The design proposal for the School of Planning and Architecture in Delhi, is rooted in the belief that space for recreation is essential in a city and that this space should not merely exist for recreation.
The experience of a city can only be positive when the there is an intricate network of open, public and recreational spaces with a variety of uses, ranging in scale and differing in potential activities:play, sports, shopping, walking, jogging, meeting, gathering, etc. The Open Campus will add to this network with an almost iconic public space: ‘the Canyon’. The design of the ‘Open Campus’ uses multidirectional building blocks, giving one the possibility to move from one arbitrary spot in to another arbitrary spot in the master plan through numerous different routes. These multiple points of access increase the potential for interaction and communication in an enormous way.
The location of the site puts the proposed school campus not just adjacent to, but within the eco-system of the Delhi Ridge. The campus design seeks to maintain and enhance these eco-systems. A variety of landscapes are created using the characteristics of the topography, climate and vegetation cover.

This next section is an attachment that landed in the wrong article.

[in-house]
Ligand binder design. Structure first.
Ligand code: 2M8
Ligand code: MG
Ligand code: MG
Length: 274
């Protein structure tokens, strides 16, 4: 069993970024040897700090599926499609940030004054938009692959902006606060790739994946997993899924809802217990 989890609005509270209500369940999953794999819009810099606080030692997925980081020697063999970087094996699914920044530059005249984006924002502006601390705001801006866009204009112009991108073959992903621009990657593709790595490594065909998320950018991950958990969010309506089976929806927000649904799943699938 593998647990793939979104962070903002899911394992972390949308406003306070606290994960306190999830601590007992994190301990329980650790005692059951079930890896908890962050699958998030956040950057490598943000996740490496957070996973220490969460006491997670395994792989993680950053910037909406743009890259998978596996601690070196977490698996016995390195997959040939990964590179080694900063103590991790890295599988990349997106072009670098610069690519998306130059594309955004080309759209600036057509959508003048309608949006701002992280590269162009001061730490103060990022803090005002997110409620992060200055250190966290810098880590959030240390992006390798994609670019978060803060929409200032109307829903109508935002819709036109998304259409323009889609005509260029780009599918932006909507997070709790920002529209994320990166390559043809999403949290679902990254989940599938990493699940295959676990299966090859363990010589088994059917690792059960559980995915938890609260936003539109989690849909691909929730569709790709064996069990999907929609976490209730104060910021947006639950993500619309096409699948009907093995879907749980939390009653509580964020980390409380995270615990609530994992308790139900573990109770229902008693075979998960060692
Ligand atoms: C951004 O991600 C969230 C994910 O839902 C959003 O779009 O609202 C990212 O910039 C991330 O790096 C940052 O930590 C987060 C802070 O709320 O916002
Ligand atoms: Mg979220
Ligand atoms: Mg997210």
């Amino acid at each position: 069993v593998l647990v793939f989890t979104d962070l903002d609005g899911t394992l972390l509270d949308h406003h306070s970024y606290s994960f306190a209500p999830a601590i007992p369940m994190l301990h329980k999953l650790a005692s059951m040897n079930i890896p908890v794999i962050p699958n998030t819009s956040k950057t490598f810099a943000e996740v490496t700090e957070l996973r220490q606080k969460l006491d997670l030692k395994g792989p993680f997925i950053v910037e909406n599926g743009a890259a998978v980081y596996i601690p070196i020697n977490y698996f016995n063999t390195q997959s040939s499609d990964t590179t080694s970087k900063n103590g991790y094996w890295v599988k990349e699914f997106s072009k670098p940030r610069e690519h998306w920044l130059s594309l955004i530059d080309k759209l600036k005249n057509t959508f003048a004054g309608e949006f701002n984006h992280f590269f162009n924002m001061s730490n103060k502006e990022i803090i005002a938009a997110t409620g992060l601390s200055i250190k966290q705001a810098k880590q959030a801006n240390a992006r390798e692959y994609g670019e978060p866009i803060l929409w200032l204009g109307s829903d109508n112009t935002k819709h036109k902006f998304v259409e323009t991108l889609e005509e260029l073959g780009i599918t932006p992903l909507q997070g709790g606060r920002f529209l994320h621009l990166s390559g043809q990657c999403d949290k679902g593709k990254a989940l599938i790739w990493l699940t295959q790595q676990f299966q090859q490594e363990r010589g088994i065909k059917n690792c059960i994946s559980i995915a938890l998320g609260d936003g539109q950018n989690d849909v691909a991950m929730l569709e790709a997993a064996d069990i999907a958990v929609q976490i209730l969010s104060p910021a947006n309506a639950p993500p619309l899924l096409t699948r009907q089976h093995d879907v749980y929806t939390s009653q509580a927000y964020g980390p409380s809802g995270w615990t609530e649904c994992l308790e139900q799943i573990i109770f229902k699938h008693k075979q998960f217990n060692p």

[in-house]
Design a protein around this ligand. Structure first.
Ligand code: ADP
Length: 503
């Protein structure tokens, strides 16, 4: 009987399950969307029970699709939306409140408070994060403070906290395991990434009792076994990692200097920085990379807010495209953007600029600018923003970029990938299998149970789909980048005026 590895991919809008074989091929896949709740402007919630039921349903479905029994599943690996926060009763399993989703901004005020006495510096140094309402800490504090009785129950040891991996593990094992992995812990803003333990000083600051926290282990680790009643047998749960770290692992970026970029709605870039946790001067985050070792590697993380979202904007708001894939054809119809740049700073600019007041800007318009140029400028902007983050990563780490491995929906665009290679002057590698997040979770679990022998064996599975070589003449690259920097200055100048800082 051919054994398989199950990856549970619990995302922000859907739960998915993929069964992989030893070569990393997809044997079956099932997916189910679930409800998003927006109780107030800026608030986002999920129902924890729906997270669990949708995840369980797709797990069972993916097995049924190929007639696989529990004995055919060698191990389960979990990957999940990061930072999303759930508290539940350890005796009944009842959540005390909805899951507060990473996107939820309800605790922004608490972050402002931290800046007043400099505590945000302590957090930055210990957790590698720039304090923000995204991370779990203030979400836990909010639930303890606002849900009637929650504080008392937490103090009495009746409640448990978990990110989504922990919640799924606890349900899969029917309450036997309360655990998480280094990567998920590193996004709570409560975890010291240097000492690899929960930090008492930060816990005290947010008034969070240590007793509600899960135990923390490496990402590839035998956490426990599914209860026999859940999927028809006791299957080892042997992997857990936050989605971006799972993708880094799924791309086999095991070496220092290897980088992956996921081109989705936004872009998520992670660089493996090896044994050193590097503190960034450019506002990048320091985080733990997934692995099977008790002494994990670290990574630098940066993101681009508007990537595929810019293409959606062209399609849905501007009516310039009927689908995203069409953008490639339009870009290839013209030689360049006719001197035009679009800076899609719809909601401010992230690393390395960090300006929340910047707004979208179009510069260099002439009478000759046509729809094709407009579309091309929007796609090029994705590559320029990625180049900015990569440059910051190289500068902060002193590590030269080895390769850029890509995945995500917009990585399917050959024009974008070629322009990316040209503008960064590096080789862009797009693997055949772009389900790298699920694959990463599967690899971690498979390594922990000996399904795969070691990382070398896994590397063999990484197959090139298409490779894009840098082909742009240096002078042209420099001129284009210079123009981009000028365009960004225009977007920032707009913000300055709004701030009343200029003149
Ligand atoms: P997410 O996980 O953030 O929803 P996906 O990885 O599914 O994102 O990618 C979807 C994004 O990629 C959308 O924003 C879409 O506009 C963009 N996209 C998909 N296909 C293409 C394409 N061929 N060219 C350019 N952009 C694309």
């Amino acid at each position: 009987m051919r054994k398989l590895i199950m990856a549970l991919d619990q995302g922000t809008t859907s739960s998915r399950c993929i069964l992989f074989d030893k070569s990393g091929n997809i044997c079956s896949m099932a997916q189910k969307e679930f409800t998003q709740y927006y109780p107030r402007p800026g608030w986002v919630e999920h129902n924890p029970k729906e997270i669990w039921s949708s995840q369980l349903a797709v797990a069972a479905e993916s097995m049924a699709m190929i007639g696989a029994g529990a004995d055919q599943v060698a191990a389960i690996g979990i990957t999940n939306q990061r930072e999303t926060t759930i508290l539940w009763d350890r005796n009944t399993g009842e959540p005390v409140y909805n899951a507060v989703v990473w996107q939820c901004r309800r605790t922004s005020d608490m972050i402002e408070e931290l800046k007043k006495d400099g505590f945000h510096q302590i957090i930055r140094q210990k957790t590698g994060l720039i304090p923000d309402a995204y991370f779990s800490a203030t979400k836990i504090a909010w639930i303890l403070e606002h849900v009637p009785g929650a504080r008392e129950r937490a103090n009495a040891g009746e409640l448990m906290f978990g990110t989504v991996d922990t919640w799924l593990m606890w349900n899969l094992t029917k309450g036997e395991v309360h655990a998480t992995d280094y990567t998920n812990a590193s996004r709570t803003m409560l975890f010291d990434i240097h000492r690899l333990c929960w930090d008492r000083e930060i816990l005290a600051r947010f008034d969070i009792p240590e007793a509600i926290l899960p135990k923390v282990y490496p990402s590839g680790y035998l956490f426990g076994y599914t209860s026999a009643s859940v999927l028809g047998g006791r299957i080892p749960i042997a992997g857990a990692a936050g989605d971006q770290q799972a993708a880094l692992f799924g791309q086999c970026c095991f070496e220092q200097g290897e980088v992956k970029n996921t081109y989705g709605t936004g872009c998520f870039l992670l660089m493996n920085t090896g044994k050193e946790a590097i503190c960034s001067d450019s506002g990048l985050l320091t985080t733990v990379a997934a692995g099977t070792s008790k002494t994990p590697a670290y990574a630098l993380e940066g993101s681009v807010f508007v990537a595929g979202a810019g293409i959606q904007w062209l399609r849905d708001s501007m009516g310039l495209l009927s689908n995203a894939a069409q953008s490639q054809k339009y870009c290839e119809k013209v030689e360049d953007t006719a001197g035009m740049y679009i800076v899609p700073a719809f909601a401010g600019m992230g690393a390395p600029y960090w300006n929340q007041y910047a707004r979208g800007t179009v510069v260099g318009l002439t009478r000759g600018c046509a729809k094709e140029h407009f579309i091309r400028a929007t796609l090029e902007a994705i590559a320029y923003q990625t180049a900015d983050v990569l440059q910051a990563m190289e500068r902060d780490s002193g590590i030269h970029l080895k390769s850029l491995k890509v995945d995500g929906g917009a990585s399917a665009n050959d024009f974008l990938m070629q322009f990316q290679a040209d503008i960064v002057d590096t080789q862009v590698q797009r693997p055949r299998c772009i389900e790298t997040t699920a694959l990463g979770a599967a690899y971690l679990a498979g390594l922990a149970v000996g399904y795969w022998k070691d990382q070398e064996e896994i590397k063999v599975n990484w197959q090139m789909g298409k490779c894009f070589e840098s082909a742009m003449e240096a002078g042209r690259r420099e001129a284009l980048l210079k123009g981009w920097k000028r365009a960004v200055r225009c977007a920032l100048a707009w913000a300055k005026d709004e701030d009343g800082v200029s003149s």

School of Planning + Architecture
Vasant Kunj, Delhi, India
Context, Public, Solar Energy, Natural Cooling
Architecture BRIO + Parallax Design Studio
first phase – 40,000 sq.m.; second phase – 120,000 sq.m.
academic functions, studios, lecture halls, auditorium, library, canteen, student center, dormitories, sport center
View from administration building looking towards architecture faculty
The Canyon becomes the ’public face’ of the institute: both institutional and humane.
The site puts the proposed campus within the eco-system of the Delhi Ridge
The ‘Open Campus’ serves as a place for interaction and collaboration within and with the city.
Shifting axi and inter-connectivity
An integral part of the urban network, the institution seeks to become a place of participation and negotiation.
Along the Southern and Western facades of the buildings a buffer of deciduous trees is proposed for shade
Tree locations on the site determine colour configurations of all building louvers
Louver color palette methodology
Silhouette of the Campus from the Aravalli Biodiversity Park
Sustainable solutions use natural resources efficiently to create spaces that are comfortable and enjoyable
View from dormitory building looking down towards the canyon, the grand steps and the Biodiversity Park beyond